The mel­low­ing of Dustin Hoff­man

The Jewish Chronicle - - LIFE - DAVID ROB­SON PRO­FILE

NO­BODY HAD ever seen Dustin Hoff­man be­fore he played The Grad­u­ate. He was an off-Broad­way stage ac­tor. Then sud­denly, age 30, he was fa­mous be­yond be­lief. The film wasn’t sim­ply a suc­cess it was, ac­cord­ing to the New Yorker, “the big­gest suc­cess in the his­tory of movies.” A woman see­ing Hoff­man and his wife creep­ing out of a cin­ema af­ter the ec­static au­di­ence left, said to him “Life is never go­ing to be the same from this mo­ment on.” That was 50 years ago and it was of course true but not per­haps in the way she would have pre­dicted.

He wasn’t des­tined to be­come a con­ven­tional film star. Un­like his fel­low 80-year-olds Jack Ni­chol­son and War­ren Beatty — equally im­por­tant fig­ures in the new sort of films that trans­formed Hol­ly­wood in the 1970s — he does not have a se­duc­tive pres­ence or men-want-to-be-him-women-wantto-be-with-him al­lure. You don’t go to the cin­ema to see a “Dustin Hoff­man film” in the way you go to see a “Jack Ni­chol­son film.” You go to see a Dustin Hoff­man per­for­mance.

And what per­for­mances! What do you do as a young lead­ing man who’s taken Amer­ica by storm? Hoff­man’s next two roles were the limp­ing, dy­ing New York scum­bag Ratso Rizzo in Mid­night Cow­boy then a 121-year-old in Lit­tle Big Man — mag­nif­i­cent but hardly the ob­vi­ous thing to do.

Very lit­tle about Hoff­man’s ca­reer has been the ob­vi­ous thing to do.

In his time, he has turned down dozens of parts, in­clud­ing of­fers from Steven Spiel­berg sev­eral times, among them Close En­coun­ters of the Third Kind and Schindler’s List. He has also re­jected Woody Allen, Bergman and Fellini. Some of th­ese he re­grets. “Self­s­ab­o­tage?” he was asked in a 2014 in­ter­view. “I would say there was an el­e­ment off self-sab­o­tage in me ever since I was born,” he replied.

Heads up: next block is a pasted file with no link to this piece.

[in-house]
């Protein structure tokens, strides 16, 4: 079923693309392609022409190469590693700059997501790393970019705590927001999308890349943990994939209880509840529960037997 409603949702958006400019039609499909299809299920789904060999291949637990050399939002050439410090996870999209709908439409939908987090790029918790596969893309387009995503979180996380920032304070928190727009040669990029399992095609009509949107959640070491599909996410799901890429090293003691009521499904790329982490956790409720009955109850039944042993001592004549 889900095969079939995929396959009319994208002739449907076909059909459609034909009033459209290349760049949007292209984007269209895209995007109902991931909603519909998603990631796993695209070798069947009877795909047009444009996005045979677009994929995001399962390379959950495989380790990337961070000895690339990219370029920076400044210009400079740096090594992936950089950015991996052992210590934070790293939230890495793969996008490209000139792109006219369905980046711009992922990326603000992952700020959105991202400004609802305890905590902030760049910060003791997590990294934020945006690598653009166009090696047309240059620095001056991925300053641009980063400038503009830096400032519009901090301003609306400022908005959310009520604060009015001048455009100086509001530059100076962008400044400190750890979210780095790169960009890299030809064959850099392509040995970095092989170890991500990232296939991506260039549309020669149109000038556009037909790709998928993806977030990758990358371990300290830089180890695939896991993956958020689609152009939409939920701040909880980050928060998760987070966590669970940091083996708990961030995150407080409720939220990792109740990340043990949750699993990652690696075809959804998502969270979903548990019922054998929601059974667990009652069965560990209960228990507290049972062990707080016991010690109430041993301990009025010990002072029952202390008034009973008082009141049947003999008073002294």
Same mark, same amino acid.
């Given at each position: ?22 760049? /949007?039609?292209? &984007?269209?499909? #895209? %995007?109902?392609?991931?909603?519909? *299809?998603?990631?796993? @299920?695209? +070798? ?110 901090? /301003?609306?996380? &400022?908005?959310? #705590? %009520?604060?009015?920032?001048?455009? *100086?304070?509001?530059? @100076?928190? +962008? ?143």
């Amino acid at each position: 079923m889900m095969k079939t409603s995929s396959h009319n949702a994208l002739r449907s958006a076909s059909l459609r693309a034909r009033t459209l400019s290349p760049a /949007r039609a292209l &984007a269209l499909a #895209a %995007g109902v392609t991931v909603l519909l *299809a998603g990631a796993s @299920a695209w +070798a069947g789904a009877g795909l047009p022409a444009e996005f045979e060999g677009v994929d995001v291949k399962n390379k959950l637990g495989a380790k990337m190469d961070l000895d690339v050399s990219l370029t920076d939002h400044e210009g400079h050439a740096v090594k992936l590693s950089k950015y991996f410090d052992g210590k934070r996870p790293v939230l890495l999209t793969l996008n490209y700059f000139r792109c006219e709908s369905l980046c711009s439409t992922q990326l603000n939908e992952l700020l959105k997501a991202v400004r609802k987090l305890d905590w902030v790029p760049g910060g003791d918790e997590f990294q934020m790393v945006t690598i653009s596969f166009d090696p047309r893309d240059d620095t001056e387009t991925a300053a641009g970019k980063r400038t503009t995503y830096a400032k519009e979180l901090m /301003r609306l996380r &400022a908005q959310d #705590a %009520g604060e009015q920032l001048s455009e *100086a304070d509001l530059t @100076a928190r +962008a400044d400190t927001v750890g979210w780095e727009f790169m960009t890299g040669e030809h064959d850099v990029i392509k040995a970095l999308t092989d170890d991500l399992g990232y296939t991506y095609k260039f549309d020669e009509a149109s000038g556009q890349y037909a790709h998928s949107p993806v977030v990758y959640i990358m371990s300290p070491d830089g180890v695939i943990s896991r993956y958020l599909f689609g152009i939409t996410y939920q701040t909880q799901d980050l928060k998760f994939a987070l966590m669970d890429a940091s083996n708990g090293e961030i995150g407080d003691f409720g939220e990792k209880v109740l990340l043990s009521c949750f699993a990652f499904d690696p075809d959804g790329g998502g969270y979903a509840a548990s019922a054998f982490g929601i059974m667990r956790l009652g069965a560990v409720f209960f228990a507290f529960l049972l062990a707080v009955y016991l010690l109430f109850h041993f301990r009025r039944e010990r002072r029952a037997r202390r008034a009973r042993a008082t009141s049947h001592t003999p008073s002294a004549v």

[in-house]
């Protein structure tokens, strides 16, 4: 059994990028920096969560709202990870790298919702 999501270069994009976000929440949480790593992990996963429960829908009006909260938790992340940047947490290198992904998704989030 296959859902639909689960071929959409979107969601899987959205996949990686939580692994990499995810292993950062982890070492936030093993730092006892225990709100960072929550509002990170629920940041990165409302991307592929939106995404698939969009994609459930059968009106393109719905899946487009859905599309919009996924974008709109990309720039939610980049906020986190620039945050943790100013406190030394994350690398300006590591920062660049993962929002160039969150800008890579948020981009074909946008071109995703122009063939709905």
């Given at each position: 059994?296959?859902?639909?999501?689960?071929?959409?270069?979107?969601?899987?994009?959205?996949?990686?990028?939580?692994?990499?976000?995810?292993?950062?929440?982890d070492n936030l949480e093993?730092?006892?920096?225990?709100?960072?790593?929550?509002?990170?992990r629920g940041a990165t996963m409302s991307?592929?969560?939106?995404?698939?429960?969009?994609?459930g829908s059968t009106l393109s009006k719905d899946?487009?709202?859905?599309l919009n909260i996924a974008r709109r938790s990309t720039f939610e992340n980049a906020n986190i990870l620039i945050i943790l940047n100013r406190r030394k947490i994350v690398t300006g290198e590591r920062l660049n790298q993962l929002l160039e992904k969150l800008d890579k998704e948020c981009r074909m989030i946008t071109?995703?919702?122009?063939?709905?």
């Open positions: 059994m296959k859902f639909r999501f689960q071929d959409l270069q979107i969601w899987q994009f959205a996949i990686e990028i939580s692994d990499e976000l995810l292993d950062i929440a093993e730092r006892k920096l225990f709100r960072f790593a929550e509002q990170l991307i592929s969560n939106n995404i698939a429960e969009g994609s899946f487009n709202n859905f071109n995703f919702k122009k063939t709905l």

He has al­ways ag­o­nised and has ob­vi­ously been agony to oth­ers. Kramer v Kramer, the 1979 film about a bit­ter di­vorce and cus­tody strug­gle, co­in­cided with his own di­vorce from his first wife. He was in­volved in writ­ing the script, con­stantly es­ca­lat­ing the pain level and pro­vok­ing his co-star Meryl Streep, whose part­ner had re­cently died, to tears and ex­tremes of dis­tress. He made it har­row­ing for ev­ery­body in­volved. He also made it great. For

Hoff­man act­ing was des­per­ately se­ri­ous

and some­times just des­per­ate — in Toot­sie, which is hard to for­get, a peren­ni­ally re­jected ac­tor is forced to pre­tend to be a woman to get work, a sit­u­a­tion he felt he knew well.

The 1970s was his golden decade, ex­tra­or­di­nary for va­ri­ety and qual­ity. He was the un­likely hero of the bru­tal Straw Dogs and the un­wit­ting hero of Marathon Man. He was Lenny Bruce. In All The Pres­i­dent’s Men (1976), the story of how two Wash­ing­ton Post re­porters un­cov­ered the Water­gate scan­dal, he played the in­tense, flammable Carl Bern­stein; Robert Red­ford was his more mea­sured part­ner Bob Woodward. It was a poignant part­ner­ship — the script of The Grad­u­ate had been writ­ten with Red­ford in mind un­til it was de­cided he was too good­look­ing, an epoch-mak­ing de­ci­sion. Hoff­man has been nom­i­nated seven times for the best ac­tor Os­car and won twice, for Kramer v Kramer and, 1989, for his role as the autis­tic ge­nius Ray­mond Bab­bitt in Rain Man. In his first ac­cep­tance speech he spoke at length and with great feel­ing about his fights with the Academy, the fra­ter­nity of ac­tors and how this was an award for every­one in­volved in mak­ing movies.

Like so much of Hoff­man, it was pow­er­ful, mov­ing — and a kvetch. In his se­cond ac­cep­tance, 18 years later, he talked mov­ingly of his father who had re­cently be­come in­firm and had moved to a home. He spoke halt­ingly, al­most over­come. Even by the stan­dards of Os­car speeches it was a sobfest.

In char­ac­ter or as him­self, he im­poses an emo­tional hold on an au­di­ence as few can (of­ten, it must be said, tee­ter­ing on the brink of go­ing over the top).

In the years since, he has been in many films and, if in­ter­views are any­thing to go by, he is ma­turely re­flec­tive and seems to have mel­lowed. And he is in the Kung Fu Panda films, the voice of Master Shifu who has cer­tainly found calm and karma, though among the the oohs and ahs ac­com­pa­ny­ing his mar­tial moves he does insert an “oy” and a “vey”.


His roles have been many and var­ied, from Mid­night Cow­boy to Toot­sie and Billy Bath­gate

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